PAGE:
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Title: The temporal relationship between depression, anxiety, and funtional status after traumatic brain injury.
Epworth Authors: Ponsford, Jennie
Gould, Kate
Johnston, Lisa
Other Authors: Schonberger, Michael
Keywords: Anxiety
Brain Injury
Traumatic Brain Injury
Functional Status
Glasgow Outcome Scale - Extended
Mental Disorders
Mental Health
Psychological Well Being
Temporal Relationship
Structured Clinical Interview
Prospective Studies
Longitudinal Studies
Monash-Epworth Rehabilitation Research Centre, Richmond, Victoria, Australia.
Issue Date: Sep-2011
Publisher: Cambridge University Press
Citation: J Int Neuropsychol Soc. 2011 Sep;17(5):781-7
Abstract: Poor functional status and high rates of anxiety and depression have been reported in individuals who have sustained a traumatic brain injury (TBI). However, it is unclear whether psychiatric disorders after TBI are a cause or a consequence of functional limitations. The current study aimed to investigate the temporal relationship between anxiety, depression and functional impairment following TBI. The study has a prospective, longitudinal single-group design. Anxiety and depression, assessed using the Structured Clinical Interview for DSM-IV, and functional changes, assessed with the Glasgow Outcome Scale-Extended, were measured six and 12 months post-injury in 122 individuals who had sustained a TBI (79% male, mean age 35 years, mean duration of post-traumatic amnesia 24 days, mean Glasgow Coma Scale score 9.2). Cross-lagged analyses were conducted within a structural equation modelling framework. Functional changes six months post-injury predicted depression and anxiety one year after the injury. Anxiety and depression, in turn, were not predictive of later functional status. This study adds to our understanding of the temporal relationship between depression, anxiety and functional status after TBI. The results indicate the importance of supporting brain injured individuals in coping with the functional consequences of their injury in order promote psychological well-being.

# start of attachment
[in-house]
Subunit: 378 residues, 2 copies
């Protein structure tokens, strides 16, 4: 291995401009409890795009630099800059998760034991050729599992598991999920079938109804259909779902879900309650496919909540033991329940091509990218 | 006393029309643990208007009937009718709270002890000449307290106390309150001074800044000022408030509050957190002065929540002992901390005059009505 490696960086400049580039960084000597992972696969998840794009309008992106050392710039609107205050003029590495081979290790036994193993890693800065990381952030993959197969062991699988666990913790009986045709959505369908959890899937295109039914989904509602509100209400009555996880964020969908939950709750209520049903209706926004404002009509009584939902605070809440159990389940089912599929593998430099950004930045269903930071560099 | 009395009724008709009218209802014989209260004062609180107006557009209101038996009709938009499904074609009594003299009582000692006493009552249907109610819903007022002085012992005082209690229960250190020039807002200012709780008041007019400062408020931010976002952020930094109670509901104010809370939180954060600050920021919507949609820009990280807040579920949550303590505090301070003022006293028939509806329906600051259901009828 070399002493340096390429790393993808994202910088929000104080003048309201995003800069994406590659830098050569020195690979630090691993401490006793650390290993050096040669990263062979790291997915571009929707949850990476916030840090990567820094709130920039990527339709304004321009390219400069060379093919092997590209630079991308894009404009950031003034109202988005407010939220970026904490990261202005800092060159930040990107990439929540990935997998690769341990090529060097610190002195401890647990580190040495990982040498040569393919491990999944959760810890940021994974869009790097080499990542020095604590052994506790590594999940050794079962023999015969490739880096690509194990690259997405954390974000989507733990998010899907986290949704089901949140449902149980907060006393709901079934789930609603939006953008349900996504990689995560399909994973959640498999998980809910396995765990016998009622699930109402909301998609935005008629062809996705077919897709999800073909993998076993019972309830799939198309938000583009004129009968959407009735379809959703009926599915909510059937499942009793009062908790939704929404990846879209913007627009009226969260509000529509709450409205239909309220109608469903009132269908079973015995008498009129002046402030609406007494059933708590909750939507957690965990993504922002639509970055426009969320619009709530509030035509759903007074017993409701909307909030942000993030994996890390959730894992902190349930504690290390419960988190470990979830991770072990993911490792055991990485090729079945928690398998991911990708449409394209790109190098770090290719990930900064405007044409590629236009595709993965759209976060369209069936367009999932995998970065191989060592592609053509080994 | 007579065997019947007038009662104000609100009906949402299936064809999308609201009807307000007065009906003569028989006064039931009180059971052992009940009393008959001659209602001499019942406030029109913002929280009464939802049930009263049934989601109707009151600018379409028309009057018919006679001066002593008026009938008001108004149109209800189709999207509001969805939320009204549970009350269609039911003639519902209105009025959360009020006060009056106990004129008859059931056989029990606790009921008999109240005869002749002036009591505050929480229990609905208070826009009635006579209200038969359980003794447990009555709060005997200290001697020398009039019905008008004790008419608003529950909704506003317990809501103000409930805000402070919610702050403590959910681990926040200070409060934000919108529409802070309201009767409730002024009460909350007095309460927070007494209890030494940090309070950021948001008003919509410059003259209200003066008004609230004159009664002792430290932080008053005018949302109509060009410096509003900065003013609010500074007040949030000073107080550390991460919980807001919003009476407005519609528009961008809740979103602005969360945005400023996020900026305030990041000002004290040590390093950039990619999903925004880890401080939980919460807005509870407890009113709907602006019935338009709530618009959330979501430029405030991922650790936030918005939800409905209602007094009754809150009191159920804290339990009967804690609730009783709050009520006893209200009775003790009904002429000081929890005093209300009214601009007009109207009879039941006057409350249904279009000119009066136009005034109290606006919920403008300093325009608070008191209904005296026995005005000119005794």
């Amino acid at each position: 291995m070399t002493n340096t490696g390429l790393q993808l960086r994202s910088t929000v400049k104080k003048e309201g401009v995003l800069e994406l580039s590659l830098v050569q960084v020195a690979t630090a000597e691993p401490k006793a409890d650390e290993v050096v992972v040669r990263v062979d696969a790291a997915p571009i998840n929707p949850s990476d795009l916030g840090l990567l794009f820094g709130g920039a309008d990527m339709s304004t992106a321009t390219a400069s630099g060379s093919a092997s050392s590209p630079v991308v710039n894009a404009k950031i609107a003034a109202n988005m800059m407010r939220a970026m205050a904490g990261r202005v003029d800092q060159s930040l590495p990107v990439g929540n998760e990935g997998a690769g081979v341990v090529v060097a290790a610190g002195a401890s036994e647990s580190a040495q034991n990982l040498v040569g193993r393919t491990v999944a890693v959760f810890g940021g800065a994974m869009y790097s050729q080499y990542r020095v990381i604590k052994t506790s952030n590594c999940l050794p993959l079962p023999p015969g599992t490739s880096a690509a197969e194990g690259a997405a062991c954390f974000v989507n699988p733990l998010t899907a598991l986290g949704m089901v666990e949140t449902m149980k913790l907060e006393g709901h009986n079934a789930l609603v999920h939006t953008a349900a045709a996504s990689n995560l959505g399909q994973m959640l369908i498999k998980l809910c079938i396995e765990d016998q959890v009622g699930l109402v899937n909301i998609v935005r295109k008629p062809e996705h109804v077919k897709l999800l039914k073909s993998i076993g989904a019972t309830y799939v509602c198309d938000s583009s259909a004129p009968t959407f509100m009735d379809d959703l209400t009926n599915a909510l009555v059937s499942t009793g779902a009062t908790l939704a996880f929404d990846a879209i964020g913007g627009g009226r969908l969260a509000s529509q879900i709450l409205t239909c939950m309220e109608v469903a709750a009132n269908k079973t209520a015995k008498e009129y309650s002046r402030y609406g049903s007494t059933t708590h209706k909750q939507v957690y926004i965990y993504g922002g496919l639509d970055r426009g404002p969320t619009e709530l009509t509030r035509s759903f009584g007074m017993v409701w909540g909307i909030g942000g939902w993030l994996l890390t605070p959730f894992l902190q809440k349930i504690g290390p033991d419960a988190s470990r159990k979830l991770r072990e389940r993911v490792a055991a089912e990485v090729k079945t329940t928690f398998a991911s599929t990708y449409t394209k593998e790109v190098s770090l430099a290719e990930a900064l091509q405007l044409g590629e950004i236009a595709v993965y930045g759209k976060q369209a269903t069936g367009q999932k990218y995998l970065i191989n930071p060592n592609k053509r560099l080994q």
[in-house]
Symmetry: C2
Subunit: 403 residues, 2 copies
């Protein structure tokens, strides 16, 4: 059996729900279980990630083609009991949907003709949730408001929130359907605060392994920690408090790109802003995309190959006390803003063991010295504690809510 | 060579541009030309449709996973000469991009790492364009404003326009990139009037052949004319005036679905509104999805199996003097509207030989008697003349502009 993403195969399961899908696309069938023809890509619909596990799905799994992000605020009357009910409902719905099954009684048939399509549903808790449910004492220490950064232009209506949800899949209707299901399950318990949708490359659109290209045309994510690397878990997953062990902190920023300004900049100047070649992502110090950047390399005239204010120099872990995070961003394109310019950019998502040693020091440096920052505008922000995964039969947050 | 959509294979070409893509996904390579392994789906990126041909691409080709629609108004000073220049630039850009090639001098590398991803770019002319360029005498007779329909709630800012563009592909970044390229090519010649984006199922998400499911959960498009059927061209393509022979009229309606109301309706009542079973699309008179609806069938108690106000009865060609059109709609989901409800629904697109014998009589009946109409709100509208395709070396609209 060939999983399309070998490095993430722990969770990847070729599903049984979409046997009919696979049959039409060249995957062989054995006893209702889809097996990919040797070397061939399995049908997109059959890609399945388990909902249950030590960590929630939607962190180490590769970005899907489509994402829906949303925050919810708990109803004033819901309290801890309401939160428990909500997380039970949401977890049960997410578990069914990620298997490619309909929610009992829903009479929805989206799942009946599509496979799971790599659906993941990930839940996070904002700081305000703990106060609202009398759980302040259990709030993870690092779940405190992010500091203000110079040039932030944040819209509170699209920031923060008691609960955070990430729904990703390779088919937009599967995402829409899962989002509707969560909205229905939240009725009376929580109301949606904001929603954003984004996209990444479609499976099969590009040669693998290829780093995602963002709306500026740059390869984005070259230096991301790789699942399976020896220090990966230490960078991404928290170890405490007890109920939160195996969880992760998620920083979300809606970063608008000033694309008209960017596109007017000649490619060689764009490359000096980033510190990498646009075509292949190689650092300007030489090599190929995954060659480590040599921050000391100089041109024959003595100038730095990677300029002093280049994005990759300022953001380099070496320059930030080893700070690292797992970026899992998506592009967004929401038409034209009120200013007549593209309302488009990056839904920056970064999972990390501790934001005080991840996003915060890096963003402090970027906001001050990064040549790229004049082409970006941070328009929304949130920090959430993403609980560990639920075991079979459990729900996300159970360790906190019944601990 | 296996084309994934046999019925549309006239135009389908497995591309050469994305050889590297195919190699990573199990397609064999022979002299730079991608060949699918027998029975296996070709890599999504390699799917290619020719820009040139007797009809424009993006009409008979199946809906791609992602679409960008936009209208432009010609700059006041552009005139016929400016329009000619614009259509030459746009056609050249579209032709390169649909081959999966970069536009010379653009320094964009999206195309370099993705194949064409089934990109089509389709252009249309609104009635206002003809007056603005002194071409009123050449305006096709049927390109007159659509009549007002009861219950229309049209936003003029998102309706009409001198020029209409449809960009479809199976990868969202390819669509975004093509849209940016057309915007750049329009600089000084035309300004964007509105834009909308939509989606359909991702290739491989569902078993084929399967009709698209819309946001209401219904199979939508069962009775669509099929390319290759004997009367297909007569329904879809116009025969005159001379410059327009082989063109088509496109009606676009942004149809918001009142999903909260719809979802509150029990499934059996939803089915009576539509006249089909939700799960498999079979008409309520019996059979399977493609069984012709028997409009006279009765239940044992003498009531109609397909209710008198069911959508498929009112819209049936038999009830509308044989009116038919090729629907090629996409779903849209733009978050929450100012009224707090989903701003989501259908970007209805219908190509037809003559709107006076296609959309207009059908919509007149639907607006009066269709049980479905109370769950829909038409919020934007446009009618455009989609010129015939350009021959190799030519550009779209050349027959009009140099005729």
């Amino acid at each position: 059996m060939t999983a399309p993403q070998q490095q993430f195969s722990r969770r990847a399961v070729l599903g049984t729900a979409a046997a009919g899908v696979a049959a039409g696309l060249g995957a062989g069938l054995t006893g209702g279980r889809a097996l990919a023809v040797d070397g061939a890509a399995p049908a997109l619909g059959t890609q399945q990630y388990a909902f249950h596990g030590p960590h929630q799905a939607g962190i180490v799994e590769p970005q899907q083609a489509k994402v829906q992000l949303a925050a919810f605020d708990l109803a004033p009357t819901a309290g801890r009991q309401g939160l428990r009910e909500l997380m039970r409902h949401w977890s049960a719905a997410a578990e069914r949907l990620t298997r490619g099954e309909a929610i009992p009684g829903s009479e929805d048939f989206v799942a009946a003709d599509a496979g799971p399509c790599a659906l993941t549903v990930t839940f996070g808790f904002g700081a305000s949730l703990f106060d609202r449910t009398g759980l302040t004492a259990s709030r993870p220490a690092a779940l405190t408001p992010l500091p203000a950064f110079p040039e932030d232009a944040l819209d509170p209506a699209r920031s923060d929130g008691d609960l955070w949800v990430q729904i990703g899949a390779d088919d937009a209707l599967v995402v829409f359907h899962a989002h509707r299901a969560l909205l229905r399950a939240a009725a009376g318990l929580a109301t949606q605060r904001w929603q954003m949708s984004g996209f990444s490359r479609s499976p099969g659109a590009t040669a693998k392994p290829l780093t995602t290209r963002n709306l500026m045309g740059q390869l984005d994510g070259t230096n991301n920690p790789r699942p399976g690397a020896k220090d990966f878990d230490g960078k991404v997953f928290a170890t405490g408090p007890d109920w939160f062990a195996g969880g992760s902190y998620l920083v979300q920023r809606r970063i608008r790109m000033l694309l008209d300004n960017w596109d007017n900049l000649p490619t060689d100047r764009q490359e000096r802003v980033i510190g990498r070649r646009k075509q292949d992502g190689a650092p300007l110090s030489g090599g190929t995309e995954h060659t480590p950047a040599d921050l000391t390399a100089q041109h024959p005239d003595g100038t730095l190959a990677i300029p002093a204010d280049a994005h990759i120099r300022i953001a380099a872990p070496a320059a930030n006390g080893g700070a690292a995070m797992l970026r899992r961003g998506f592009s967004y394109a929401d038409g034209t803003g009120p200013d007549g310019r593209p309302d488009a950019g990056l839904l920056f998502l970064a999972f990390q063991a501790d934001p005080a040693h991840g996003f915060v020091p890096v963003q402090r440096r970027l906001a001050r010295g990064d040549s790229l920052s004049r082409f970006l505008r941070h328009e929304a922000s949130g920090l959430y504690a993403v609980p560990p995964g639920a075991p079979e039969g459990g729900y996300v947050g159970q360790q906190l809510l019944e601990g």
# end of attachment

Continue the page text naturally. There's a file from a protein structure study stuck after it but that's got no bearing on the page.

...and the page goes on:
DOI: 10.1017/S1355617711000701
PubMed URL:
ISSN: 1355-6177
Journal Title: Journal of the International Neuropsychological Society
Type: Journal Article
Affiliated Organisations: Department of Rehabilitation Psychology and Psychotherapy, Institute of Psychology, University of Freiburg, Germany
School of Psychology and Psychiatry, Monash University, Melbourne Australia
National Trauma Research Institute, Melbourne, Australia
Type of Clinical Study or Trial: Prospective Cohort Study
Appears in Collections:Mental Health

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